Democrats Hillary Clinton 5:3 Barack Obama 5:1 John Edwards 6:1. Al Gore 7:1 Evan Bayh 10:1 Bill Richardson 10:1 John Kerry 14:1. Wes Clark 14:1. Joe Biden 16:1. Tom Daschle 22:1. Tom Vilsack 28:1 Chris Dodd 35:1. Bill Bradley 48:1 Brian Schweitzer 60:1 Bill Nelson 65:1 Howard Dean 85:1 Janet Napolitano 100:1
Republicans John McCain 3:1. I'm going to take McCain from 2:1 to 3:1. I don't think it's a shoo-in at all. Mitt Romney 6:1. I think Romney is going to become at least the initial main foe of McCain. Moving from 8:1 to 6:1. As I've said a few times, I think all of these top 3 have issues, potentially opening up an opportunity for Gingrich, Hagel, or even Brownback. Rudy Giuliani 8:1.. Despite good-looking polls, I'm moving Giuliani down. He's a pro-choice, pro gun control, pro-gay Republican who just can't really win this nomination, can he? Taking him from 5:1 to 8:1. Newt Gingrich 11:1 Condoleezza Rice 16:1. Moving up from 18:1 to 16:1. She's said no many times, but I think Bush might push her in. Unlikely but possible. Chuck Hagel 17:1. Sam Brownback 17:1. He says there's room for a full-scale conservative, and I think he's right. He and Gingrich are the most likely. Moving from 20:1 to 17:1. Bill Frist 17:1. Mike Huckabee 20:1 George Pataki 22:1 Jeb Bush 24:1 George Allen 30:1 Mark Sanford 30:1 Colin Powell 35:1 Tom Ridge 35:1 Duncan Hunter 38:1. NEW ENTRANT! Bill Owens 40:1 Haley Barbour 40:1 Dick Cheney 125:1 Christie Todd Whitman 150:1
There's a very funny thing going on between John Edwards and Wal-Mart over a Playstation 3. Here's the run-down from the Wall Street Journal:
Wal-Mart issued a press release this afternoon saying that an aide to John Edwards, the former Democratic vice presidential candidate and North Carolina senator, contacted a Wal-Mart store in Raleigh, N.C., in search of a Sony PlayStation3 “on behalf of the senator’s family.” The coveted game console, available in limited quantities, goes on sale at midnight tonight.
The giant retailer noted the irony, given Edwards’s participation Wednesday in a conference call organized by Wal-Mart critic WakeUpWalMart.com. During the call, Edwards criticized Wal-Mart’s employment practices and recounted how his son had taken to task another student for buying shoes at Wal-Mart. WakeUpWalMart.com and other union-backed groups have pilloried the retailer’s employment practices at several events recently.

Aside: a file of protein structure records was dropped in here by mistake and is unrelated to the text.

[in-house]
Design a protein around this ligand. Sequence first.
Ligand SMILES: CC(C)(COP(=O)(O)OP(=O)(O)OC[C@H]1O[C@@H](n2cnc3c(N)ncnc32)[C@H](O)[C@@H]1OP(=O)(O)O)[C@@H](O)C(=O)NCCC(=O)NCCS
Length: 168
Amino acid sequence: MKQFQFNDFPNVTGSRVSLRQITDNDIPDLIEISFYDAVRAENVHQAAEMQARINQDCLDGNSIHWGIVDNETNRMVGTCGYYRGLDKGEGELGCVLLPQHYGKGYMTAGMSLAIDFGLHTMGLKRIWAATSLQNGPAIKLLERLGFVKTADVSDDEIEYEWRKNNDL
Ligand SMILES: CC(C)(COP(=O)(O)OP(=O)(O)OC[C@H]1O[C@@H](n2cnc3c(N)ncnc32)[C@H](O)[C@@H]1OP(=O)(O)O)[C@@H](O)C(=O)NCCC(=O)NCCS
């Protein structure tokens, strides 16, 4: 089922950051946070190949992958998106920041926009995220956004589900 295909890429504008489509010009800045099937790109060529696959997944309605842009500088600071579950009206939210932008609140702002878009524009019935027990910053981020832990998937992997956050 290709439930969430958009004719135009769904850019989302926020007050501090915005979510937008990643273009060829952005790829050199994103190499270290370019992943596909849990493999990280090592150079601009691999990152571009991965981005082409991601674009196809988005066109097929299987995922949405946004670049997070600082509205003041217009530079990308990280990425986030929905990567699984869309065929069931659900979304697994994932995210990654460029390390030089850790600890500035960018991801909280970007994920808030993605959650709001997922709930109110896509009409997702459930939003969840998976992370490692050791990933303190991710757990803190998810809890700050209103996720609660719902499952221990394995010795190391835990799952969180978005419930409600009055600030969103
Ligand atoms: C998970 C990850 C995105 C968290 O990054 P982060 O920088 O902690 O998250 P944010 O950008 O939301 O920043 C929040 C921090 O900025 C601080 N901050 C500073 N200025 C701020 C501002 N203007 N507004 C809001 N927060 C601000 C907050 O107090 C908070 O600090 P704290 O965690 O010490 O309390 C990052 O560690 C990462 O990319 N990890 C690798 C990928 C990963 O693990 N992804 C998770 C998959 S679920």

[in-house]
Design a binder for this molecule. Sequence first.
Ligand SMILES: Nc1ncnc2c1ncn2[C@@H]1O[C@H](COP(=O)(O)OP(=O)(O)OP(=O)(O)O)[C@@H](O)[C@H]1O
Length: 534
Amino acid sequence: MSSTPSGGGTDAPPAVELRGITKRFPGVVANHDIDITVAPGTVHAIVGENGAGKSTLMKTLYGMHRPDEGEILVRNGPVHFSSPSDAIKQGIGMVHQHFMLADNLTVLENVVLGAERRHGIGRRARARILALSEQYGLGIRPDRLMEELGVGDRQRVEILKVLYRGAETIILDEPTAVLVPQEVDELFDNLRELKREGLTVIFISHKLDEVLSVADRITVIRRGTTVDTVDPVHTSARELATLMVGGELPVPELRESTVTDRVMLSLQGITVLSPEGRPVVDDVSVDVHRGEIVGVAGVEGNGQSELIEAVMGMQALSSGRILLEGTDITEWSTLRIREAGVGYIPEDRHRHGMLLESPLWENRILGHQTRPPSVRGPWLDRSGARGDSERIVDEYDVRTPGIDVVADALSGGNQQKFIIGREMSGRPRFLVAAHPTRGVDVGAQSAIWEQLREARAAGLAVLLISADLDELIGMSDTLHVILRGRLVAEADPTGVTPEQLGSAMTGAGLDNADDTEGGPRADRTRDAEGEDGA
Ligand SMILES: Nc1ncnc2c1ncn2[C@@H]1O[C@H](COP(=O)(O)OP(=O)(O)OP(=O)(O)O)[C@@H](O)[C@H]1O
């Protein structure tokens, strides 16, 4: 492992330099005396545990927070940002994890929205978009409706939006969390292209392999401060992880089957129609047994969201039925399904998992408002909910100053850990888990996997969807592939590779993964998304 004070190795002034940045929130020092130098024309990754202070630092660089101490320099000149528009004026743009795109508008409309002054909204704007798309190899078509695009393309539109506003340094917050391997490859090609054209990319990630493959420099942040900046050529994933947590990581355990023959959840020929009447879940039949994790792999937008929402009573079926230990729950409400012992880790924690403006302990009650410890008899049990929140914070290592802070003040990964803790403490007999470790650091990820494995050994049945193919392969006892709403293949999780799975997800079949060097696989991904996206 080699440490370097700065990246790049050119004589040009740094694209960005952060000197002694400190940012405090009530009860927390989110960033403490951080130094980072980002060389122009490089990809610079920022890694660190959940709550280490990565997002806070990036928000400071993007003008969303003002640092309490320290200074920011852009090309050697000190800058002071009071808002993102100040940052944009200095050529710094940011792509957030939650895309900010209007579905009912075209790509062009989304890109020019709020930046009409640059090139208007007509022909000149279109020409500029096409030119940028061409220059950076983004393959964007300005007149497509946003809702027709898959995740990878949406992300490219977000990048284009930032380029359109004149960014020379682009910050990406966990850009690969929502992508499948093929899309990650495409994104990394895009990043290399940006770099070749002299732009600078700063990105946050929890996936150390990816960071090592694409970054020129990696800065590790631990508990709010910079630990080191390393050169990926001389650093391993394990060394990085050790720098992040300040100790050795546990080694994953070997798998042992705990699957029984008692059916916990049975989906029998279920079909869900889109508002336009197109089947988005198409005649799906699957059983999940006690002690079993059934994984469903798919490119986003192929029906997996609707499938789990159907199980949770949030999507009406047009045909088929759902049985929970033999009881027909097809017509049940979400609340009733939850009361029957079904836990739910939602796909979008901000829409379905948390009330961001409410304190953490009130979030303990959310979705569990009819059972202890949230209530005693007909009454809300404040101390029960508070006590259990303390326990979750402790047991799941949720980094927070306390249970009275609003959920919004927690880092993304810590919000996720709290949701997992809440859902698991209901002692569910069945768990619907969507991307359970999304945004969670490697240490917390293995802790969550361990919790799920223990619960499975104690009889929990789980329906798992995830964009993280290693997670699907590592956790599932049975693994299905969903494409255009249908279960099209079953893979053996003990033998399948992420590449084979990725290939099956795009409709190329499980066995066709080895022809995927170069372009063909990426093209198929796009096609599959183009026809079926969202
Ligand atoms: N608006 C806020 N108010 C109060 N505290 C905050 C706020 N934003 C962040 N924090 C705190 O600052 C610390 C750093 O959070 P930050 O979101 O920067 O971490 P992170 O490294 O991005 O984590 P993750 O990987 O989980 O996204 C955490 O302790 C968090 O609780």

Edwards’s One America Committee didn’t immediately return a phone message seeking comment. Update: In a statement, Edwards said: “Elizabeth and I don’t shop at Wal-Mart. We haven’t been in a Wal-Mart in years. We instructed no one to contact Wal-Mart on our behalf.” Second update: Wal-Mart says it stands by its statement.
The company noted that the PlayStation3 “is an extremely popular item this Christmas season, and while the rest of America’s working families are waiting patiently in line, Sen. Edwards wants to cut to the front,” Wal-Mart’s statement reads. – Kris Hudson
This flurry of 2008 Presidential activity is reaching a crescendo over the next couple of months. It will likely slow after January, when the new legislature gets down to work, and most of the initial annoucements have been made.
Today, we've got a new entrant on the Republican side, who wasn't in the odds: former Wisconsin governor and Health & Human Services cabinet secretary Tommy Thompson.
Nobody knows you Tommy. So you start at 40:1. Godspeed.
Today's news on the 2008 Presidential front is that Rudy Giuliani is forming an exploratory committee, meaning it's quite likely he's going to run. I'm keeping him at 5:1, because I was taking that fact as practically a given, considering his recent public statements.
Here in Feb '05 I note that a visit to South Carolina makes me think he's running. And here in July '06 I moved Rudy up to 2nd spot at 5:1 (where he is now), because his informal 2008 poll results continued to look good.